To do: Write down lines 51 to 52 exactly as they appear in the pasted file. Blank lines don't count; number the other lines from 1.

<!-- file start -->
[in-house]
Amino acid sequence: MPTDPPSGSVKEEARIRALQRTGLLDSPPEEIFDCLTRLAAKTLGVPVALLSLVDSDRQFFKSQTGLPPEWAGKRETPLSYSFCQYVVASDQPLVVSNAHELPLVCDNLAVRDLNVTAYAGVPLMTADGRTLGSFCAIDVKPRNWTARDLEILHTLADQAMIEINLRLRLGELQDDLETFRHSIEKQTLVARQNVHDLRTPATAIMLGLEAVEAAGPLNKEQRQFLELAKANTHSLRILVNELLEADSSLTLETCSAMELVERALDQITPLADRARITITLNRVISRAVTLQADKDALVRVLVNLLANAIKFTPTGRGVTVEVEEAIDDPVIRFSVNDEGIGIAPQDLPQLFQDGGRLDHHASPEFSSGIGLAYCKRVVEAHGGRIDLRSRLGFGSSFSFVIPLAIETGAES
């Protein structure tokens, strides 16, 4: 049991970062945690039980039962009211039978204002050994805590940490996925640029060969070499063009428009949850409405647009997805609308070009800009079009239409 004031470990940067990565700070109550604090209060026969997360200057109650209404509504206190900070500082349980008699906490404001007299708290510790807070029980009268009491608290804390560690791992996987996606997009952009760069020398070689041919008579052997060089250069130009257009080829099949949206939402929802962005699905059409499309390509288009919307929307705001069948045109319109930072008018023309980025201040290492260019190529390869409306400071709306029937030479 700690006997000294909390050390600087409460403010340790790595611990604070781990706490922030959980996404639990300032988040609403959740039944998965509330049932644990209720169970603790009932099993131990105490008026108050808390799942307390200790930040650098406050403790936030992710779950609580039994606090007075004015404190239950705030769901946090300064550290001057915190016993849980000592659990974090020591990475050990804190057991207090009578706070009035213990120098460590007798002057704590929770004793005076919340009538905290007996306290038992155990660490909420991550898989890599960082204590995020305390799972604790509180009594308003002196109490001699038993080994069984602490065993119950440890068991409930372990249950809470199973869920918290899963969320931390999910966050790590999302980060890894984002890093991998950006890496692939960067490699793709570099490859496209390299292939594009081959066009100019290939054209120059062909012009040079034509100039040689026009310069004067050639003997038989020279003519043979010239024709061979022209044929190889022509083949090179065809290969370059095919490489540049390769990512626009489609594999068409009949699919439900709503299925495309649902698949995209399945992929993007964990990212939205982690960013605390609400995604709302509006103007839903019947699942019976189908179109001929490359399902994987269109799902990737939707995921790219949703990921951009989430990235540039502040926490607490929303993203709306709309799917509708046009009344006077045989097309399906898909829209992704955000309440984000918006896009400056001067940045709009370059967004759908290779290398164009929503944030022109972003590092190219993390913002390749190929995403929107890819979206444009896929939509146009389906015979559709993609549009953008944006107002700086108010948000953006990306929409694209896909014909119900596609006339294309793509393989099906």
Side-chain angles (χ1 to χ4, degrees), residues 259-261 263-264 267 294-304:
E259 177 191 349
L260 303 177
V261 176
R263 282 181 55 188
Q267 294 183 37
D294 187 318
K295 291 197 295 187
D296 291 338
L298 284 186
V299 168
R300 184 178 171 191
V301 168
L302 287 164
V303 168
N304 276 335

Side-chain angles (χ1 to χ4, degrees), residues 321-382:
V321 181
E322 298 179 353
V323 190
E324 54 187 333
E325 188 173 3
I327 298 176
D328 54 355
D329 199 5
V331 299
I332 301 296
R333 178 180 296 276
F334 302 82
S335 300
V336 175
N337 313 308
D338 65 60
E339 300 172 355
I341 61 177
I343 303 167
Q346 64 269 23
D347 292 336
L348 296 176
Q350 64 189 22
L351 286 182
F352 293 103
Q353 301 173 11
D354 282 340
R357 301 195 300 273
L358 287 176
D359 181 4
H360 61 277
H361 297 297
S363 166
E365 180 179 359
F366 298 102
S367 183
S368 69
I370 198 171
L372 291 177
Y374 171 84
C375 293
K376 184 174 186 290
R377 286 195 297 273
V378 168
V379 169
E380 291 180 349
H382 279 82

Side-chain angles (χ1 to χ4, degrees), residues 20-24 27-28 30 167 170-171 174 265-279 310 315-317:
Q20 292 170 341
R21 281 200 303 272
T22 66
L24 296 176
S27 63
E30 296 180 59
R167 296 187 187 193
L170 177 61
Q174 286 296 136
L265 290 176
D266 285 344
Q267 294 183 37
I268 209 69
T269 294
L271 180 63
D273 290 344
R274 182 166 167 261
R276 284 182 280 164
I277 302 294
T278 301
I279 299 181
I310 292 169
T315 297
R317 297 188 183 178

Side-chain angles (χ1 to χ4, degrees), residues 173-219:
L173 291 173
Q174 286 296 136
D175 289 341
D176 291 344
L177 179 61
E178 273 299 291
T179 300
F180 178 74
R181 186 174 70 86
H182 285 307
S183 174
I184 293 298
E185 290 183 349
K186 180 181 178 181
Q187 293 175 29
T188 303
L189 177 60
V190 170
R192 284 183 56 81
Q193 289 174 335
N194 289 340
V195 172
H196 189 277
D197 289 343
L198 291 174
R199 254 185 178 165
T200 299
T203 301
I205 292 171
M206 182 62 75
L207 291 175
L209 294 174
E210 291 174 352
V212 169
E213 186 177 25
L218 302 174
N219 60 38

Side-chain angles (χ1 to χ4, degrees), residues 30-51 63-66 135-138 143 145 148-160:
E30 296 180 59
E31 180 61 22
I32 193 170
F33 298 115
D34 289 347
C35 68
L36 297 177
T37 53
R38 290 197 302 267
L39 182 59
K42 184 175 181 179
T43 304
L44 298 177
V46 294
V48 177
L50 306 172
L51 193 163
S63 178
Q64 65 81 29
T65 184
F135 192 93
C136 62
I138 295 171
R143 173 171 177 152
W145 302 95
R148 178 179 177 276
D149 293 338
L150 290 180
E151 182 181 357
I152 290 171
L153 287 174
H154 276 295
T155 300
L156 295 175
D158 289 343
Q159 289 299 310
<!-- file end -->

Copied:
H360 61 277
H361 297 297